World-first study shows link between phone use and lower wellbeing

Media release

27 March 2019

A world-first Deakin study has confirmed what many have wondered for some time: problematic smartphone use is associated with lower wellbeing.

The study, recently published in Computers in Human Behavior, is the first to thoroughly evaluate how smartphone use is associated with measures of subjective and psychological wellbeing.

The survey of more than 500 Victorian university students found problematic smartphone use was associated with feelings of negative emotions, lack of control, a reduced sense of purpose in life, and a reduced ability to resist social pressure.

Lead researcher Dr Sharon Horwood, a lecturer in Deakin's School of Psychology, said the data showed habitual smartphone use and entertainment use - using the phone to relax, escape and pass time - were the best predictors of lower wellbeing.

"There's a constant stream of news and entertainment in our life now, and if that content is not necessarily positive it might be contributing to technological overload or techno-exhaustion," Dr Horwood said.

"While there has been some analysis of smartphone use and subjective wellbeing, this study goes into much greater depth.

"Past research has examined wellbeing in terms of life satisfaction and whether people tend to experience more positive emotions than negative emotions.

"This research offers a more complete picture of what makes the 'good life' including positive social relationships, a sense of personal growth, autonomy, and having a sense of control over one's life.

"While we found that smartphone use is unrelated to people's overall life satisfaction, it is associated with mood and these broader indicators of human flourishing.

"Wellbeing is about feeling satisfied with your life, managing day-to-day activities, and positive relationships. We found that problematic smart phone use impacts on all those things."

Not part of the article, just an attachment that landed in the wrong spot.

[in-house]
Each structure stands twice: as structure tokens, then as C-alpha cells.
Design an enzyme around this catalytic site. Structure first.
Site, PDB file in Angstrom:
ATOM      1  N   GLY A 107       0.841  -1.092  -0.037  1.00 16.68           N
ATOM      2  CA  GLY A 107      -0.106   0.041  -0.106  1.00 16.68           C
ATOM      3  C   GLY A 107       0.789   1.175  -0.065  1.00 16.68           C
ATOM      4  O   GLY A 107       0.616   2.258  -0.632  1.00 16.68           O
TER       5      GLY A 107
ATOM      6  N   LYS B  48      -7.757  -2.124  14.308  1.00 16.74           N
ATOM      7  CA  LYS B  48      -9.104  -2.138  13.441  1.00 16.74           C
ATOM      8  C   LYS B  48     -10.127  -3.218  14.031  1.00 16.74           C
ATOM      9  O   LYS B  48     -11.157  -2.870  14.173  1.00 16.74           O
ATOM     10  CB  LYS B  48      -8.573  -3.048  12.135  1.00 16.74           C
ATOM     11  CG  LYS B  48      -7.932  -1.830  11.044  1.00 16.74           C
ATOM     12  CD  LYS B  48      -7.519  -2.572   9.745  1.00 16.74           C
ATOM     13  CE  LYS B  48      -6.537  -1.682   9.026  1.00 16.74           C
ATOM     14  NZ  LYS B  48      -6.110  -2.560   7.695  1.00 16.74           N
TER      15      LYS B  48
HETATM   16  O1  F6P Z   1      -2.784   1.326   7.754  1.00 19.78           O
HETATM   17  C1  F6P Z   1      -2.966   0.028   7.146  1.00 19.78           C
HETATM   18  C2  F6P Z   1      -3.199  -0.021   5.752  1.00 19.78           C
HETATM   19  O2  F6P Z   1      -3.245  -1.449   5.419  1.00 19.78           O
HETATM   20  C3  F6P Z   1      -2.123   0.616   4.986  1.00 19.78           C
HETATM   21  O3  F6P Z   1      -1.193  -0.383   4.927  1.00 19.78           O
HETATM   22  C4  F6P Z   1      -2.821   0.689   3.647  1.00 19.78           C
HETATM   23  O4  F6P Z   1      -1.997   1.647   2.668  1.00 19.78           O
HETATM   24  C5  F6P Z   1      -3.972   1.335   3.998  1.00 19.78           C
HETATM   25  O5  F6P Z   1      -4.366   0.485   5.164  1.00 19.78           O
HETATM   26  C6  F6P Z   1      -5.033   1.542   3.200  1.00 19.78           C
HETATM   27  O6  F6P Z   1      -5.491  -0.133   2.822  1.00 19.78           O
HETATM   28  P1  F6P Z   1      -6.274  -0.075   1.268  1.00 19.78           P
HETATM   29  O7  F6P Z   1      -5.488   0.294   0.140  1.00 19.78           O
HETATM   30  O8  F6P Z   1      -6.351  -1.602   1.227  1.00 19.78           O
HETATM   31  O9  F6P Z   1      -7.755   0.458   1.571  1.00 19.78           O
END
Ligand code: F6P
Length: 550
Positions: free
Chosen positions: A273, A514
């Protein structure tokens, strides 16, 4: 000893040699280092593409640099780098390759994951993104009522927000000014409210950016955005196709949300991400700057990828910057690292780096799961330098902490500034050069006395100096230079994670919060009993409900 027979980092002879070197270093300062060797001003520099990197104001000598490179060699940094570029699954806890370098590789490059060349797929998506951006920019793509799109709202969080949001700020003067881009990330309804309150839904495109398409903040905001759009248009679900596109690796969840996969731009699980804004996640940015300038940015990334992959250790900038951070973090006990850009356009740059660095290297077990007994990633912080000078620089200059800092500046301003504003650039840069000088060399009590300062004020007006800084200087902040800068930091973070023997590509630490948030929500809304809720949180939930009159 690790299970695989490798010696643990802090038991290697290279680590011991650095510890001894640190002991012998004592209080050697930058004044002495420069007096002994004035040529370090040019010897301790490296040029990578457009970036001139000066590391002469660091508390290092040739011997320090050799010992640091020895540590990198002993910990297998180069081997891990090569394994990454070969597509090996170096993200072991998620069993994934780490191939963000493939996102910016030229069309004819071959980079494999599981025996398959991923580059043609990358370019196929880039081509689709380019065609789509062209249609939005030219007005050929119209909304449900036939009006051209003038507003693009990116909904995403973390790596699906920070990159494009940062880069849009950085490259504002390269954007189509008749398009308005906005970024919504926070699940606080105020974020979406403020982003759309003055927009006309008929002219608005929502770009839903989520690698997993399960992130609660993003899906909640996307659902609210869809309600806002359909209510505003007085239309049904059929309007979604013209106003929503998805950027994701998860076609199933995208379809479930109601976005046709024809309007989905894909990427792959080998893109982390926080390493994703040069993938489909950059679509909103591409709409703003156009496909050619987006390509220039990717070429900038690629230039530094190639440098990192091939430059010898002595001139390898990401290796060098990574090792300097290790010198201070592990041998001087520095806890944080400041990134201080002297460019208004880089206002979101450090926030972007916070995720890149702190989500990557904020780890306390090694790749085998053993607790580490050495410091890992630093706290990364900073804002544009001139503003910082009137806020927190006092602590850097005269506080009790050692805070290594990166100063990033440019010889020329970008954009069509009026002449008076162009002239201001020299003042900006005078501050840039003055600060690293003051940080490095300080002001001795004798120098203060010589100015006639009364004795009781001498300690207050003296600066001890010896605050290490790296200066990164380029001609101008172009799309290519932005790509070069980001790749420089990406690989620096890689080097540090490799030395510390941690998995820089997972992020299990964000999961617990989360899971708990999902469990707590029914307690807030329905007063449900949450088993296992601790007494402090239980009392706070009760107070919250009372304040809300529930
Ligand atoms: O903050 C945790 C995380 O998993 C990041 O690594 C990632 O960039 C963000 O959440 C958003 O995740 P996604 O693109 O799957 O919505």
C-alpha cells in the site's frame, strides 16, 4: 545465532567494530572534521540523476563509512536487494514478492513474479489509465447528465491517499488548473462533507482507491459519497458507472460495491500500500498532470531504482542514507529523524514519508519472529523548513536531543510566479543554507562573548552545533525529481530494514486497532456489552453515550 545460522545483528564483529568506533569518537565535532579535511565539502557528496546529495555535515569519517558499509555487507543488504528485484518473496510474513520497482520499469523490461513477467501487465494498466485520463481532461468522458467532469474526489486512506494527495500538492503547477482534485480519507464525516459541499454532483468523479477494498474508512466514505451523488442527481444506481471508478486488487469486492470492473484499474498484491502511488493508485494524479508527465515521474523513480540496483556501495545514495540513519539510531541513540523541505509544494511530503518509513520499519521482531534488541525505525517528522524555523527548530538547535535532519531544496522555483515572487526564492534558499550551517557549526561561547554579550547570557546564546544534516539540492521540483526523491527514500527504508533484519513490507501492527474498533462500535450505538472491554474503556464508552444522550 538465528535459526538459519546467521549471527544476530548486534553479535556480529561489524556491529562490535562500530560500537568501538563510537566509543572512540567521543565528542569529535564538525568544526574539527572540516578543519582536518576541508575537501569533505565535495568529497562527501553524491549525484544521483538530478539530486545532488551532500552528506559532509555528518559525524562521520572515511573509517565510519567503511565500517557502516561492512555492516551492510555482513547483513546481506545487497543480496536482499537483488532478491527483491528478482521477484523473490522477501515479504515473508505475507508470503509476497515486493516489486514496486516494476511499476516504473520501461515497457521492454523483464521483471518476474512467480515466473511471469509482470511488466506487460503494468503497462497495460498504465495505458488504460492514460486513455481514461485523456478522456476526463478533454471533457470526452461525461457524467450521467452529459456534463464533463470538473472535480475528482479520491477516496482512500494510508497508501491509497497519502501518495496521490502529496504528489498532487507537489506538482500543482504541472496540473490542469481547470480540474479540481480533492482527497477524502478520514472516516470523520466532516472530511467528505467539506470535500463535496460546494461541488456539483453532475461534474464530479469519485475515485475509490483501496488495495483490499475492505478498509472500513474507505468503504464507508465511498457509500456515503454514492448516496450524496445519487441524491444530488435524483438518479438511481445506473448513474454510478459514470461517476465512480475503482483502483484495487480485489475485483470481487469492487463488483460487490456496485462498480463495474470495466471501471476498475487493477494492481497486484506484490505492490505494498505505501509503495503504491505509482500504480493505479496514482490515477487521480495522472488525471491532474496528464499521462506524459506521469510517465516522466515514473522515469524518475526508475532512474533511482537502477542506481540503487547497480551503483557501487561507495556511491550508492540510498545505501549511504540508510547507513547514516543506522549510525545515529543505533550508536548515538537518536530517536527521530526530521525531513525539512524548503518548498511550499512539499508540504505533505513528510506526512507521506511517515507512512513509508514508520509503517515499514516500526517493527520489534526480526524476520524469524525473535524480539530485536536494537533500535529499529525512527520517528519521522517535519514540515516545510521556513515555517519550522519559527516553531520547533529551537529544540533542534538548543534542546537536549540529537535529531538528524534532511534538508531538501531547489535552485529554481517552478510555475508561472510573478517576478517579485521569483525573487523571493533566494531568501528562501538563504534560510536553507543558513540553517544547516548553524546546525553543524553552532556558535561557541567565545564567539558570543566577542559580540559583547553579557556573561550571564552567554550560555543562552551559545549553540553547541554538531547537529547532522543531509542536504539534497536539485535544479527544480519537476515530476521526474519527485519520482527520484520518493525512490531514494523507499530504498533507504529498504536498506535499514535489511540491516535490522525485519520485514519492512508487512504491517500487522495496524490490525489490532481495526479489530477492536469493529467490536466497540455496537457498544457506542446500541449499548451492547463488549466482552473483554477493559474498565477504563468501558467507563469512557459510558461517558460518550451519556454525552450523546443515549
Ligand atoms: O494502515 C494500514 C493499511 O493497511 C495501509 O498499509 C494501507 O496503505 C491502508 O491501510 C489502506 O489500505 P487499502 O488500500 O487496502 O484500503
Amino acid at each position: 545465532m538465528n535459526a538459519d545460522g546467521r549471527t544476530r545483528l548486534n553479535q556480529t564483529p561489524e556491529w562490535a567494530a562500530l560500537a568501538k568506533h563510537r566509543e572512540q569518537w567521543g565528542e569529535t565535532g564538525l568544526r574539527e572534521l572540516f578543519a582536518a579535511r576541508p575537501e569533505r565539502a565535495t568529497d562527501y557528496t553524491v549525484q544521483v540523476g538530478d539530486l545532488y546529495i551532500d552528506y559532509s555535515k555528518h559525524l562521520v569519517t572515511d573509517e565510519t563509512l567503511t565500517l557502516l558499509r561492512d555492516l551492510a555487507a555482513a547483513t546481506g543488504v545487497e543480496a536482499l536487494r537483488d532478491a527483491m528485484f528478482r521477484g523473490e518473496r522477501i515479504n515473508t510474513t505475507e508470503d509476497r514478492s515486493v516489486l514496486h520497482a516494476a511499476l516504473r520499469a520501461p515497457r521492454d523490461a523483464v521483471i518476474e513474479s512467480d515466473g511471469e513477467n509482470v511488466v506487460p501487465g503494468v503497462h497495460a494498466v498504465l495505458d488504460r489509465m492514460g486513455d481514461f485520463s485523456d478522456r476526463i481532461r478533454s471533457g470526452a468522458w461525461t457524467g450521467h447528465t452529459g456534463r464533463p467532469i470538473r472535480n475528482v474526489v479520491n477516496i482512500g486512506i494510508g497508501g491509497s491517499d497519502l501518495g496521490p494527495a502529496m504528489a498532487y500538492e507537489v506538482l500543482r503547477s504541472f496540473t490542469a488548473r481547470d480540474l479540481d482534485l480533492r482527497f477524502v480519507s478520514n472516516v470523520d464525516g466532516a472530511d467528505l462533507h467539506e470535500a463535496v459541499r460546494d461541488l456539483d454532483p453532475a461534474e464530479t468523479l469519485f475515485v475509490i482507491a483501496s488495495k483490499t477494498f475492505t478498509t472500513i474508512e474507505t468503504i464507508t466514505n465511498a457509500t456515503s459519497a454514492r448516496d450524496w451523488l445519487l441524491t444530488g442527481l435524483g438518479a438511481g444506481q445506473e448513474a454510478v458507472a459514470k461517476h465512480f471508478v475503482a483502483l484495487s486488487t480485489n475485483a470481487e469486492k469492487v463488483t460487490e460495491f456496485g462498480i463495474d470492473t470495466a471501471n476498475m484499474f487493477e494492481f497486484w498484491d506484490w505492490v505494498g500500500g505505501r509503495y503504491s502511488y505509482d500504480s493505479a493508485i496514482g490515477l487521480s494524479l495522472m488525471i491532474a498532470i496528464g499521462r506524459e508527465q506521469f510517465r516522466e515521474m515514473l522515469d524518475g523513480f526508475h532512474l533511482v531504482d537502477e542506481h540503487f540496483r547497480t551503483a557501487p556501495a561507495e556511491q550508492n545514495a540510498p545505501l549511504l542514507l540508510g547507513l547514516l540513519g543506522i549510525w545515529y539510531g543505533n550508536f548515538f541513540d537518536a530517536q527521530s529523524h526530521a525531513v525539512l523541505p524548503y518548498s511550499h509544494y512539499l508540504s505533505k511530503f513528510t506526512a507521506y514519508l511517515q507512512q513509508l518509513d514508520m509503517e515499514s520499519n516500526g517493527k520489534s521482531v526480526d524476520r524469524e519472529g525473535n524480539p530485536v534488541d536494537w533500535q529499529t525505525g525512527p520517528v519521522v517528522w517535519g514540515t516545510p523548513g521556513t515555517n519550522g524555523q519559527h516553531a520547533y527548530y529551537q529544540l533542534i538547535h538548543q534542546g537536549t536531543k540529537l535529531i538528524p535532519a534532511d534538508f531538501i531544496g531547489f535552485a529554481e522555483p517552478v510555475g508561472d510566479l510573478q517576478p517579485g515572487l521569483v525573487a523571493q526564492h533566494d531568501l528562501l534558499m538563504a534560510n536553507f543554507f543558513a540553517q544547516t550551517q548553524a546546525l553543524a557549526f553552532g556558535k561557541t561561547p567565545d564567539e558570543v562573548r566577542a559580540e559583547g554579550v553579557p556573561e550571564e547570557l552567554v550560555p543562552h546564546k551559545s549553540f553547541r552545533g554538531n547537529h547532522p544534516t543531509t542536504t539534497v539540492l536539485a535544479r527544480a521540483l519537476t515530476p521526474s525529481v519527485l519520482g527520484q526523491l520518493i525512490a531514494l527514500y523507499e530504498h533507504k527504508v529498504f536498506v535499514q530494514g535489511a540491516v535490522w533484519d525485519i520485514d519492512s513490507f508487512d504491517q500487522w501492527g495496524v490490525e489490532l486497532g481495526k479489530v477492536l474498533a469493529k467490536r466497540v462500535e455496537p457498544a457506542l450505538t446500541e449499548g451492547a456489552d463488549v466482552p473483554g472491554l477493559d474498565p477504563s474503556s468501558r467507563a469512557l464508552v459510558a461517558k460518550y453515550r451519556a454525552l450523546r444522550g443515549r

Dr Horwood said the four main areas of wellbeing which negatively related to problematic smartphone use included how much control people felt they had over their use; environmental mastery, whether smartphone use interferes with a person's day-to-day life, including job and study; whether the phone gets in the way of positive relationships with others; and whether smart phone use was a panacea for boredom and lack of personal growth.

"The question is, does using your smartphone in a problematic way lower wellbeing, or is someone whose wellbeing is low for other reasons more likely to turn to their smartphone for comfort, distraction, or perhaps escapism?" she said.

But Dr Horwood said it was important to note her study showed smartphone use wasn't all bad.

"For what we term 'communication use' - calls and text messages - we found a slight positive association with wellbeing," she said.

"So using phones to facilitate a direct connection with people seems to be good, as opposed to passively looking at what people are doing on social media."

The next step in Dr Horwood's research is a number of new studies to drill down into the impact of smartphone use on children's social and emotional wellbeing, as well as their family relationships.

"The ubiquity of smartphones is almost at saturation point now, 94 per cent of teenagers own a smartphone, 67 per cent of primary schools students, and a third of pre-schoolers have some sort of personal device," Dr Horwood said.

"That exposure can have lots of potential negative effects including cyber bullying, anxiety and depression, sedentary behaviour, low body image, and family conflict.

"So it's something we need to start addressing at a young age. The sooner we can implement healthy behaviours, the easier these issues will be to manage as they grow up."

Dr Horwood's tips for healthy smartphone use:

  • Turn off all non-essential notifications so your phone isn't constantly interrupting you.
  • Set aside a block of time per day to look at your social media feeds, if that's what typically distracts you.
  • Use the screen time functions on your phone to set limits on daily phone use.
  • To improve your sleep quality, don't keep your phone beside your bed at night. Preferably charge it in a different room.
  • If you find your socialising is restricted to your smartphone, aim to build daily interactions with people in real life.
  • Try to get up and move more throughout the day to reduce sedentary behaviour and improve your mental well-being.

For more information about Dr Horwood's research visit

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Media release Faculty of Health, School of Psychology